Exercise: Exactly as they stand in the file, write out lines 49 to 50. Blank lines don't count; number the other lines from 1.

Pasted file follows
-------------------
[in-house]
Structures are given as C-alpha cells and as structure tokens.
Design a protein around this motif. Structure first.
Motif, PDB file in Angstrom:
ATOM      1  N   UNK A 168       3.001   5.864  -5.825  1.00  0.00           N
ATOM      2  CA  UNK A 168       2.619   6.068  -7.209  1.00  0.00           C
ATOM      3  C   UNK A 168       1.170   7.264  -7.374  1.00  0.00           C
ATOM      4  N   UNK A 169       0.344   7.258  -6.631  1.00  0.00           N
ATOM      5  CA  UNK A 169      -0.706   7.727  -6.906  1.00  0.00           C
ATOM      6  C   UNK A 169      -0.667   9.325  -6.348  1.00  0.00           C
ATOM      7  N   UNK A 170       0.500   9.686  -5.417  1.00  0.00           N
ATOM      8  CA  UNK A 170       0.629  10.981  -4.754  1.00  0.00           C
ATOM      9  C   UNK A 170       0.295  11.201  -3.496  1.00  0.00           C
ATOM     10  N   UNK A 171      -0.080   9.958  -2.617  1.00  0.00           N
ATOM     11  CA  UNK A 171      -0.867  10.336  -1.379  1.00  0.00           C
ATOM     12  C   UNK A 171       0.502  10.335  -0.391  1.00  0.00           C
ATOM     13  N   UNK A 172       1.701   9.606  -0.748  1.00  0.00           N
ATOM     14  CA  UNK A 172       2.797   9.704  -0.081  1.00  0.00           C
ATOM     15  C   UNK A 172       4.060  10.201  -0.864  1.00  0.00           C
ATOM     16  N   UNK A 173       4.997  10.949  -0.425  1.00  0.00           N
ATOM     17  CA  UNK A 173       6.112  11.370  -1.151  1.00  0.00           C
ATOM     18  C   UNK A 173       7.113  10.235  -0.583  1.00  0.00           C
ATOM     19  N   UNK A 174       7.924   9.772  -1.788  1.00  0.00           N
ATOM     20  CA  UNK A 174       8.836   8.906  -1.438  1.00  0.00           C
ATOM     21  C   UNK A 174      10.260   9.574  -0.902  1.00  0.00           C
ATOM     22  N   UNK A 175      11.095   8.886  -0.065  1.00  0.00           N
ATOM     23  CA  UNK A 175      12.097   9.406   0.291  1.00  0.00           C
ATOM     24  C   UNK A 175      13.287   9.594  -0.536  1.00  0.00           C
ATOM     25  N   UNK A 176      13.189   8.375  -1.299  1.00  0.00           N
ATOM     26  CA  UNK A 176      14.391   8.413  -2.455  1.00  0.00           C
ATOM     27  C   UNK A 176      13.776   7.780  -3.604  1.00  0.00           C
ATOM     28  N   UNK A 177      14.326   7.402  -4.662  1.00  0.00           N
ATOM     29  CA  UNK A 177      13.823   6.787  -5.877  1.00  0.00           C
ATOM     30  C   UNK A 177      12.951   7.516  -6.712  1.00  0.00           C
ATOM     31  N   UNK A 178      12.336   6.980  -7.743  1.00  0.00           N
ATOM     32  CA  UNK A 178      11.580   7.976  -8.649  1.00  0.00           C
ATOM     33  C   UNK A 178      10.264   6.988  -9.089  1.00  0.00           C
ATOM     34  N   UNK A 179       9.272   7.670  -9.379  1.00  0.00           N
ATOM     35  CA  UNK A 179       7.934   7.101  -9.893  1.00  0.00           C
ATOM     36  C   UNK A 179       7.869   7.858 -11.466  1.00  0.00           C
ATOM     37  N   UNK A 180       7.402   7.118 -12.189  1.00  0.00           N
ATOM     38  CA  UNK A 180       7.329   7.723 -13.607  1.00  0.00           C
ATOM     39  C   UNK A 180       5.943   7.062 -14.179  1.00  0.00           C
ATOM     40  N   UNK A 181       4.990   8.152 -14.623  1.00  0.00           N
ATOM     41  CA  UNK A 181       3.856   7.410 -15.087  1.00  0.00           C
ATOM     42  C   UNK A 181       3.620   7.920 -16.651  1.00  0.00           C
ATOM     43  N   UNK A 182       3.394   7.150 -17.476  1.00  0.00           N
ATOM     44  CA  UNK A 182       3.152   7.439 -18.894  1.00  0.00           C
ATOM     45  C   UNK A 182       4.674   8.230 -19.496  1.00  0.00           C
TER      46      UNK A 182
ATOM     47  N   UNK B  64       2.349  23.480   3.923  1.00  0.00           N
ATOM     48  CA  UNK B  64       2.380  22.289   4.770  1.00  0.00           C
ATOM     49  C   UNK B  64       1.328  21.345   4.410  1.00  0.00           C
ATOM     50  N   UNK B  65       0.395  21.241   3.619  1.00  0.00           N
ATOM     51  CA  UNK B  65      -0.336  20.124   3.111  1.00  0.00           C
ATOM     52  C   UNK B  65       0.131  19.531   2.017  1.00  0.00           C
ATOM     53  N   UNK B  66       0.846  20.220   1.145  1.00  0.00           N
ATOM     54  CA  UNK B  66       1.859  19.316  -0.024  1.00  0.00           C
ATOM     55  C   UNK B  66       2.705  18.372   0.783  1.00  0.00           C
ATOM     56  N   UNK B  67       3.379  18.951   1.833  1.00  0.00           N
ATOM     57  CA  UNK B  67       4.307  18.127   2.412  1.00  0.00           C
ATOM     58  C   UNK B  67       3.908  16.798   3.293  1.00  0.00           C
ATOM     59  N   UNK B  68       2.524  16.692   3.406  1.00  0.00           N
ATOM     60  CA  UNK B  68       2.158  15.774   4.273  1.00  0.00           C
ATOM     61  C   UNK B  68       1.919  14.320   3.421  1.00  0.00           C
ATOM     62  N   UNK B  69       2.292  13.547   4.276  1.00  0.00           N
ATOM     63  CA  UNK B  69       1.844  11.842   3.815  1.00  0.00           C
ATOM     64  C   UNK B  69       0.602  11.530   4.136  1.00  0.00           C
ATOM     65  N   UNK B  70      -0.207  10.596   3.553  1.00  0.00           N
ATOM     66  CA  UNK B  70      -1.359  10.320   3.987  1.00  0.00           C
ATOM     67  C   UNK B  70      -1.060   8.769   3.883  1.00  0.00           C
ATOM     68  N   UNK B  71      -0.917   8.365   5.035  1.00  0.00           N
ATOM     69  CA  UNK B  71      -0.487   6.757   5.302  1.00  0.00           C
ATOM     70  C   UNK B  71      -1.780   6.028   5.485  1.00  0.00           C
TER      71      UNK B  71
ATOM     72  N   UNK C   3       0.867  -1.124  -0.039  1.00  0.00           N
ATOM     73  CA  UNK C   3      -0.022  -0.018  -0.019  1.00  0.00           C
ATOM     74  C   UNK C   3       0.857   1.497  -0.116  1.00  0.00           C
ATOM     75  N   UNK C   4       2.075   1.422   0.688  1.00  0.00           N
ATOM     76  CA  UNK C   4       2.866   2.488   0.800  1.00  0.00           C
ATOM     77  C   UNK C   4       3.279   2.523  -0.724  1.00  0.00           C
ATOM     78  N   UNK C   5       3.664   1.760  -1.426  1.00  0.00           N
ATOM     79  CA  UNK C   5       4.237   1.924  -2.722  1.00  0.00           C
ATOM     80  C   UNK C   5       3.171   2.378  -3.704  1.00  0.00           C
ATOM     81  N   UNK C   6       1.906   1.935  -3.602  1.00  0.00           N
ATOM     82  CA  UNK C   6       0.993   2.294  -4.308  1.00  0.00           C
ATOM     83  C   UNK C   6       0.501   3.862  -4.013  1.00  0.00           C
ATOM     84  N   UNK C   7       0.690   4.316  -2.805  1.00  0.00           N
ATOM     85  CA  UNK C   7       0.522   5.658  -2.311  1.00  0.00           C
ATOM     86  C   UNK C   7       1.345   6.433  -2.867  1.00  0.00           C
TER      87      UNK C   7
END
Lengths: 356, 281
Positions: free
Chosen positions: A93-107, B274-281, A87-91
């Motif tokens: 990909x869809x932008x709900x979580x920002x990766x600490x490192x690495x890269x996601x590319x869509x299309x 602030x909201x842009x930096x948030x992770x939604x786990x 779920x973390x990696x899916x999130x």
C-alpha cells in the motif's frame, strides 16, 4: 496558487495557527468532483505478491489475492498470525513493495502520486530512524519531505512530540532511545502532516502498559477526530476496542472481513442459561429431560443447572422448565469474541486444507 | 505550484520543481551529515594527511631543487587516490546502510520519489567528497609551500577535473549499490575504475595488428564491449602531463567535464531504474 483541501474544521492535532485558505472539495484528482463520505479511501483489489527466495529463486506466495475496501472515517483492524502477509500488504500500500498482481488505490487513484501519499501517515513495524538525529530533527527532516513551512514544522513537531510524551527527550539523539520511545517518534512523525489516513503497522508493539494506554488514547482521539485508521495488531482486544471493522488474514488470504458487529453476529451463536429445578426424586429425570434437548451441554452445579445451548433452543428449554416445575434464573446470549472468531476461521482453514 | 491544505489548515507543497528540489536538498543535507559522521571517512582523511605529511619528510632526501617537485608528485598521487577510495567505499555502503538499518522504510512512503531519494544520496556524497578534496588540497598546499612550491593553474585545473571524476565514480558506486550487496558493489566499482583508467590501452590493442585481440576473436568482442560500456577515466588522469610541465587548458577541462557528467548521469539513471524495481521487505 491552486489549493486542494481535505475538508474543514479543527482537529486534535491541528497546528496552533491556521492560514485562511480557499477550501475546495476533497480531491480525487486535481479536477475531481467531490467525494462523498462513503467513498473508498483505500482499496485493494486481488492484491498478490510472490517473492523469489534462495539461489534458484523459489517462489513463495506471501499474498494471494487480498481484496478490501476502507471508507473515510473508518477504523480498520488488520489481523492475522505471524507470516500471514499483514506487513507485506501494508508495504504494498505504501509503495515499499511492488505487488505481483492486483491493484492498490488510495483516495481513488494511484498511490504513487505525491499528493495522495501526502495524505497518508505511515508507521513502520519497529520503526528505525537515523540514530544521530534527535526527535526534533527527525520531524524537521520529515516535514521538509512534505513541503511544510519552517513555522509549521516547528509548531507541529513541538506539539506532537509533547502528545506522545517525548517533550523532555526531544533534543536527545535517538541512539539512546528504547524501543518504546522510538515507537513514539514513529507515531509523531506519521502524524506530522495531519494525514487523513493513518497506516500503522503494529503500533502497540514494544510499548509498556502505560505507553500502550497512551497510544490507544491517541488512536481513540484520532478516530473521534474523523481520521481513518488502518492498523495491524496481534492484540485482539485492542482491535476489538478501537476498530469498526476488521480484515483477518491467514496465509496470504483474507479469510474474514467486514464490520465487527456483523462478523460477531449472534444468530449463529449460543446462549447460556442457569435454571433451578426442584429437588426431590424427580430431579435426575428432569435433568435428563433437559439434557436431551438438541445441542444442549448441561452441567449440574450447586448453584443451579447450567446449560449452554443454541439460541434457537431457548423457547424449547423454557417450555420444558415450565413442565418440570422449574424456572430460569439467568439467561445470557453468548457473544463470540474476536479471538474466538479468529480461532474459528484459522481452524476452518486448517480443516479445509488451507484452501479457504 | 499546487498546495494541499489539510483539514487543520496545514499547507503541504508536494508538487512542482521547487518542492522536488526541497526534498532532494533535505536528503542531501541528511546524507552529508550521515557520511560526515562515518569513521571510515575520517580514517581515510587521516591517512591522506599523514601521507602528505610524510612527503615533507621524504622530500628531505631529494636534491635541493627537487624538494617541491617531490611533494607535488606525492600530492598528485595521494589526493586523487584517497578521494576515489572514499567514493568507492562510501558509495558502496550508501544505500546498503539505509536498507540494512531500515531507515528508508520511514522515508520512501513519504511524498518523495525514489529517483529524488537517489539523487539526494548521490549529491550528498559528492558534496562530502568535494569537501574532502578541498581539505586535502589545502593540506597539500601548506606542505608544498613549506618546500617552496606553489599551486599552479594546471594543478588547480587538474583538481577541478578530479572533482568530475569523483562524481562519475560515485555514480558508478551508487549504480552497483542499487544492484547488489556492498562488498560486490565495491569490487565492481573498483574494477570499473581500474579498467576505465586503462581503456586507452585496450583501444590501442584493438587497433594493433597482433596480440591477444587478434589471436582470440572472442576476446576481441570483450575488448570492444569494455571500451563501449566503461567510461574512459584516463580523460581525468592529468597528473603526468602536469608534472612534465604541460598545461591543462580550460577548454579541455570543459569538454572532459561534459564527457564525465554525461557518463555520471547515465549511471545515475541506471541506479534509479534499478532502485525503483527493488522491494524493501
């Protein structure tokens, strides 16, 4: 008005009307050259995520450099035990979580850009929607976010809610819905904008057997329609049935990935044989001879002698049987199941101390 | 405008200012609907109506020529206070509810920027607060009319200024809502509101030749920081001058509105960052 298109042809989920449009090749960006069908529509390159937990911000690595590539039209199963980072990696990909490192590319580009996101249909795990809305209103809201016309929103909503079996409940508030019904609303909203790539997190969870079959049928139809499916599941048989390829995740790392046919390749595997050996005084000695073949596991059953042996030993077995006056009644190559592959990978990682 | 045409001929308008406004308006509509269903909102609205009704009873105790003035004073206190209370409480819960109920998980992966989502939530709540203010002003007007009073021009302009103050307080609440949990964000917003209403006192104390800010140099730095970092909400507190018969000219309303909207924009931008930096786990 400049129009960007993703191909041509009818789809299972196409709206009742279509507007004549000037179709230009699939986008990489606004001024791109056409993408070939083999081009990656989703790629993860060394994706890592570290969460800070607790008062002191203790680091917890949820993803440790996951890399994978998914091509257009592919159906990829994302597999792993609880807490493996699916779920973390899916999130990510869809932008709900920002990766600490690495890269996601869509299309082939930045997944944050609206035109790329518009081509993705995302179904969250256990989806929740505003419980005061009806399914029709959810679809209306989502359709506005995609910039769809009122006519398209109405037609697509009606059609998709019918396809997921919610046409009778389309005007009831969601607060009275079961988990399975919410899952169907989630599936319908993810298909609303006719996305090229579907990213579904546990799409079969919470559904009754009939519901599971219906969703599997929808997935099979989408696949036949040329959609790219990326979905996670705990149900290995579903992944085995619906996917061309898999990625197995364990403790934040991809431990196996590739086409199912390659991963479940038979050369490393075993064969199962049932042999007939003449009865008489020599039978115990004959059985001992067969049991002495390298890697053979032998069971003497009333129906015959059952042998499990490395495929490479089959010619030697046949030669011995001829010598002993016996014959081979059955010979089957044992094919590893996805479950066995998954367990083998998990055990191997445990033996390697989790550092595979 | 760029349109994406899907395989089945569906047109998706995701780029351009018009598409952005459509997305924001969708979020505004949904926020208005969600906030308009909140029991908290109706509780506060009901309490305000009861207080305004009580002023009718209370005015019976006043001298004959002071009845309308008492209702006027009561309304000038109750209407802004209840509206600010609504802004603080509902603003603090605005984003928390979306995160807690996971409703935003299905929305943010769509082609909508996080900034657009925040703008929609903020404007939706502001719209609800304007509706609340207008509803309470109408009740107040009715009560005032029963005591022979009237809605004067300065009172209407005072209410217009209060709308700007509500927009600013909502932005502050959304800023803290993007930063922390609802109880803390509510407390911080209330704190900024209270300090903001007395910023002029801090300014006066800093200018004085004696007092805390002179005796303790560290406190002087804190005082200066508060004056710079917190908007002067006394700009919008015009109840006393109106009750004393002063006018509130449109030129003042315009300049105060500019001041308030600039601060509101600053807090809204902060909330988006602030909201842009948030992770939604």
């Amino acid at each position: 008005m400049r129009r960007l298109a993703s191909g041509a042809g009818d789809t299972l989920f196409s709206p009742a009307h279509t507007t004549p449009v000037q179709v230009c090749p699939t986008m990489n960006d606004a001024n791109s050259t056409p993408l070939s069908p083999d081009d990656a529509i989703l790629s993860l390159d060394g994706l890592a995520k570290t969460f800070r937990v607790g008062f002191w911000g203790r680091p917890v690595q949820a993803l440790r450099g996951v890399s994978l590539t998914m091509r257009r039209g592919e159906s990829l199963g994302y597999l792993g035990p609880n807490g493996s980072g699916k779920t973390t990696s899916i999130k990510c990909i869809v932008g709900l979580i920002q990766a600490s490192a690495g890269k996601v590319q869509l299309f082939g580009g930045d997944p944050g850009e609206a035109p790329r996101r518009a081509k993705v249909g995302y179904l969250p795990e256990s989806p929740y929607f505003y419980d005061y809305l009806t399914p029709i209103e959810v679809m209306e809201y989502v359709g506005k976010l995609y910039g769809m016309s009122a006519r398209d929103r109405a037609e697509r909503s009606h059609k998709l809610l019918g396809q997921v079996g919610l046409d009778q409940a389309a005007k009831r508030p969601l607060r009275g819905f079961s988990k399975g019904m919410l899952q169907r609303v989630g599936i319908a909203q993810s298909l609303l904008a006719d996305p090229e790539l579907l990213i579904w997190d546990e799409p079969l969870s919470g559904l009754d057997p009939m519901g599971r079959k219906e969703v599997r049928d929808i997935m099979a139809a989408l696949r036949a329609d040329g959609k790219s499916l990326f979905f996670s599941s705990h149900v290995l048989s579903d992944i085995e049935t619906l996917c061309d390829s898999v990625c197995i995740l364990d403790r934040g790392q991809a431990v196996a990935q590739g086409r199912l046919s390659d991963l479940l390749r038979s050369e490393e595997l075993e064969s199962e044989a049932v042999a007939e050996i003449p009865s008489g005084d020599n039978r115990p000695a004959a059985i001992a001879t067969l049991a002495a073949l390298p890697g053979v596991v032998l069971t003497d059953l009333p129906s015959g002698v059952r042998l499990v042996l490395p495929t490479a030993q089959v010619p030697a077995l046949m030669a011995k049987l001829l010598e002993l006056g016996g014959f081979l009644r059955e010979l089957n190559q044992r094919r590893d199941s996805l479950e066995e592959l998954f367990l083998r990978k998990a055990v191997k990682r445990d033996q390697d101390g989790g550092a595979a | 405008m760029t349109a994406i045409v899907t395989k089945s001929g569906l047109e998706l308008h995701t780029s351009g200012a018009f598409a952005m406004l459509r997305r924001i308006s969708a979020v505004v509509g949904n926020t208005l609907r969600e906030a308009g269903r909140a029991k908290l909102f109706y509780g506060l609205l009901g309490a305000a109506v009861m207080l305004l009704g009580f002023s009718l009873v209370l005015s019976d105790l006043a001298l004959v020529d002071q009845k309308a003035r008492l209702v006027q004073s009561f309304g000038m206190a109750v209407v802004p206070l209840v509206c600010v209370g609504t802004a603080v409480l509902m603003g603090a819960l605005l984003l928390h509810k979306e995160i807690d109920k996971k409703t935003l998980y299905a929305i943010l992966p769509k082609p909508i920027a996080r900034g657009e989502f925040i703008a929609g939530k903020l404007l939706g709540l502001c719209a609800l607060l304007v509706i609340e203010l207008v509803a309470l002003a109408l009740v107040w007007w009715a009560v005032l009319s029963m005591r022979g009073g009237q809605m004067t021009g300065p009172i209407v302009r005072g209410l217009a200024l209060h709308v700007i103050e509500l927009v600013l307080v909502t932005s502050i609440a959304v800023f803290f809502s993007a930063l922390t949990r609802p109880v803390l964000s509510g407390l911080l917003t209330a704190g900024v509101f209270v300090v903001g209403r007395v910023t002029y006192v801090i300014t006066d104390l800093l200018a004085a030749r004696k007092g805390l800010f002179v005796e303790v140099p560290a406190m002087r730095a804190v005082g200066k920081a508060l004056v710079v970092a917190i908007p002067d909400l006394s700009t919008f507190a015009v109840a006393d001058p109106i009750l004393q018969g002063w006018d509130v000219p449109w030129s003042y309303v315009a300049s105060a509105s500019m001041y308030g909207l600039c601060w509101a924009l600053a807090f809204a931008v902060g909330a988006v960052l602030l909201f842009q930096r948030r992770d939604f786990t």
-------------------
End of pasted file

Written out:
ATOM     45  C   UNK A 182       4.674   8.230 -19.496  1.00  0.00           C
TER      46      UNK A 182